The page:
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Non-competes (also commonly referred to as covenants not to compete) are agreements contained in employment contracts whereby the employee promises not to open a competing business or go to work for a competitor, both during his or her employment, as well as for an additional amount of time post-employment.

Many employers require key employees and executives to sign non-competition agreements as a condition of employment. The limitations placed on employees in non-compete agreements are meant to protect an employer’s goodwill by preventing an employee who has extensive knowledge of an employer’s business practices and confidential information from leaving his or her employment and immediately using that information to go into business against the company.

Statutory Constraints

Because of the restraints that non-compete agreements place on workers’ mobility in a free market economy, many states have enacted laws placing limits on their enforceability or voiding them altogether under certain conditions. In states that do permit employers to utilize non-compete agreements, many courts disfavor them and will either modify or “blue-pencil” the agreement to make it conform with statutory constraints (generally some sort of “reasonableness” standard as described in more detail below).

Recently, the State of Washington enacted a law imposing substantial restrictions on non-competes (and prohibiting their use altogether for employees who make less than $100,000 annually). The law is set to take effect on January 1, 2020.

Some key limitations of Washington’s new law include a presumption that any restriction lasting more than 18 months post-employment is unreasonable. However, this presumption can be overcome where an employer presents clear and convincing evidence of a legitimate need for the restriction to protect the employer’s goodwill or business interests. In addition, if the non-compete is declared void or modified by a court, an employer must pay the employee the greater of either $5,000 or his/her actual damages, plus attorneys’ fees and costs.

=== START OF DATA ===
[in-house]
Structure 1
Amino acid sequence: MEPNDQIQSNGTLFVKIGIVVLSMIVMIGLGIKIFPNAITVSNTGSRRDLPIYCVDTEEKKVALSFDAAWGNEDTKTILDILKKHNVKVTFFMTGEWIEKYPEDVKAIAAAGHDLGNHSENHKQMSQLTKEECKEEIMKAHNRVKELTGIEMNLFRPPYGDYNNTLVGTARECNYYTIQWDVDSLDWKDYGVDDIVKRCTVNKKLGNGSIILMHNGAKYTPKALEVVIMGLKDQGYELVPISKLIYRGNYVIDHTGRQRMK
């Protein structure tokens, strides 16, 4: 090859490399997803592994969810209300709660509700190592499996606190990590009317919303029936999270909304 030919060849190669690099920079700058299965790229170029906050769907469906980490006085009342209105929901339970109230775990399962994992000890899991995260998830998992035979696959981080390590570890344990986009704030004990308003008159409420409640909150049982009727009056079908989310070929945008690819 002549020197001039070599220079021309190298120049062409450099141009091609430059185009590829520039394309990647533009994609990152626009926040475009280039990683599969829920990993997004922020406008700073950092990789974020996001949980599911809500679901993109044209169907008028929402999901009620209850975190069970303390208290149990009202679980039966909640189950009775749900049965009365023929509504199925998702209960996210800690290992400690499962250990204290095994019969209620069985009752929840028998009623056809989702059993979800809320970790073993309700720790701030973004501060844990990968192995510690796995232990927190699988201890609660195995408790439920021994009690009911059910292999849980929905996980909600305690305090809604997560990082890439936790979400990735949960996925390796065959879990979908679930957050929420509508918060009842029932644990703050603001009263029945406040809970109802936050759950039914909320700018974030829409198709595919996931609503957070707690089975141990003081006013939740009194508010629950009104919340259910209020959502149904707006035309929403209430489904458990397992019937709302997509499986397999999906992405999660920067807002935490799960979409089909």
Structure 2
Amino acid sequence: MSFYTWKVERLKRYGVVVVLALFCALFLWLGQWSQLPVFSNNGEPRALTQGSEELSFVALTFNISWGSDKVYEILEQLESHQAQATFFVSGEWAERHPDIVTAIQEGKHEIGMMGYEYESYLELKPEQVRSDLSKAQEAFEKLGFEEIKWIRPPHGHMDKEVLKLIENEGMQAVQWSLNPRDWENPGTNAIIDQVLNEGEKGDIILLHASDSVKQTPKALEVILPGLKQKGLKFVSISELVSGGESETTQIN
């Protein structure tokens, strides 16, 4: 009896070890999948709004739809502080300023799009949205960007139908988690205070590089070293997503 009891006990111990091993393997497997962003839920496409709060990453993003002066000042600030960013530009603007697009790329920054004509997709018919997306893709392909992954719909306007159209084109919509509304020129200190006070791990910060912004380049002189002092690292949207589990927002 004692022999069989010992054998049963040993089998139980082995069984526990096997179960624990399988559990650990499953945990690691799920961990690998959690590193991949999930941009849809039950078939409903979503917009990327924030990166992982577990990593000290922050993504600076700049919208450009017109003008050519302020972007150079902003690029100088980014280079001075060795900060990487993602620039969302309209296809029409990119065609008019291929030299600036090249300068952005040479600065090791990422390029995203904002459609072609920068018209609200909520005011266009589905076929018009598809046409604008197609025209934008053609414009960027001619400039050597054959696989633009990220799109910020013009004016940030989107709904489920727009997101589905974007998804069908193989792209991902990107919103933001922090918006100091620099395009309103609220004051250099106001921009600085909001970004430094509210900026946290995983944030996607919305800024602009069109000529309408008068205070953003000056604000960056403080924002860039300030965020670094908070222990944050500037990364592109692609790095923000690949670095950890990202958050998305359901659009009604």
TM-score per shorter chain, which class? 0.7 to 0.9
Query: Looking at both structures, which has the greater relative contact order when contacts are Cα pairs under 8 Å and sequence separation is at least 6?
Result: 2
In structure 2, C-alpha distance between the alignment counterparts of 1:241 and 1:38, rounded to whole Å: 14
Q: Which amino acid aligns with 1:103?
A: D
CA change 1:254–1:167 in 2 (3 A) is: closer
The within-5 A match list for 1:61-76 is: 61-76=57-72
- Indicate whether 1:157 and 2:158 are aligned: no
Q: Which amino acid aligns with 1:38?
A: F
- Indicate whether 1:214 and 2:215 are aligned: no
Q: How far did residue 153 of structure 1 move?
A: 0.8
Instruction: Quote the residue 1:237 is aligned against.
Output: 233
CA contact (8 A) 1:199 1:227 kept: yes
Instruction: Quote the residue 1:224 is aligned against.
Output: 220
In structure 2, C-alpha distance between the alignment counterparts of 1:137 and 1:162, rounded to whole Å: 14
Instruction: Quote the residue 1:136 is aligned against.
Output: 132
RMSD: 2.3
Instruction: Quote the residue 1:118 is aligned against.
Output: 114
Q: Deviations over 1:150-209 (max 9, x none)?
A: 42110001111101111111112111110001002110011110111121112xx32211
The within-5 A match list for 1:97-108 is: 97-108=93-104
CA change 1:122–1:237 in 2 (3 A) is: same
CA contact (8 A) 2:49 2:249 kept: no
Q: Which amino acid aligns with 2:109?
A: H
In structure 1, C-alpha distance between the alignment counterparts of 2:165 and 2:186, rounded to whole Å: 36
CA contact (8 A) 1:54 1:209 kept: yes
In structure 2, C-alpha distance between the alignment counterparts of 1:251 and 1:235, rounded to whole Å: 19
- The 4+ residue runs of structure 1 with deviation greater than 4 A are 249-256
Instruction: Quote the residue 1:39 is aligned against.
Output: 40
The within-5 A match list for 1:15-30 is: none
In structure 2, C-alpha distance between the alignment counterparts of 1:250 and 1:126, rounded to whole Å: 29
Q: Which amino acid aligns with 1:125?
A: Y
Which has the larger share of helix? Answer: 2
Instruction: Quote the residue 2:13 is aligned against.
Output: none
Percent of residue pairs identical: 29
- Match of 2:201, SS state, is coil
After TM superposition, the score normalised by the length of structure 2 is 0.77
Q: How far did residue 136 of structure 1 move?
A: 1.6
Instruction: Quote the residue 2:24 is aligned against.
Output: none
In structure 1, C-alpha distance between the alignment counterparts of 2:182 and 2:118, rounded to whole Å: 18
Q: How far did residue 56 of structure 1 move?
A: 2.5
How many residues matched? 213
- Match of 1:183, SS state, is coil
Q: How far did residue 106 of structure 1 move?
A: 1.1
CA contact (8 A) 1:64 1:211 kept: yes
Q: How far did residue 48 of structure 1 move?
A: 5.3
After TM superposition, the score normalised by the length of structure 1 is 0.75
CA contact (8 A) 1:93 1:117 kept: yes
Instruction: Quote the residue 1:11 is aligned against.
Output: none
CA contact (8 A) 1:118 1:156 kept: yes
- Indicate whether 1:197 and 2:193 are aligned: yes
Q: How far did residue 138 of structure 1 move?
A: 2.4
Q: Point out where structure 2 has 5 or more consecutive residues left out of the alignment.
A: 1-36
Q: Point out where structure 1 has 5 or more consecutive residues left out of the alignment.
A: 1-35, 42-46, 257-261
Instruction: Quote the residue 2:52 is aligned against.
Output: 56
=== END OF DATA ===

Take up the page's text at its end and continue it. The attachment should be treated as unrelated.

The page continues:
Washington’s new law demonstrates the aversion many courts and lawmakers have towards non-competes and sets an example for future states wishing to impose even stricter regulations on their use.

Texas Non-Compete Law

Under the Texas non-compete statute, found in Texas Business and Commerce Code § 15.50, there are two basic criteria for an employer’s covenant not to compete to be enforceable:

First, the non-compete must be ancillary to or part of an otherwise enforceable agreement when the agreement is made. This requires the employer to give consideration in exchange for the promise not to compete, usually in the form of confidential business information, employee training, or stock options. When an employee’s work requires the use of confidential information, an express promise to provide such information does not need to be included because the employer impliedly promises they will do so.

Second, the restraint of employees’ future activities must be reasonably related to protecting the employer’s business interests. Courts consider the reasonableness of restrictions’ timespan, geographic reach, and the scope of activity to be restrained. An unreasonable restriction makes the non-compete more focused on preventing future competition than protecting the employer’s business interests. However, the fact that a restriction is unreasonable does not make the non-compete unenforceable. Rather than voiding the non-compete agreement, Texas courts will reform an overbroad non-competition agreement to make it reasonable.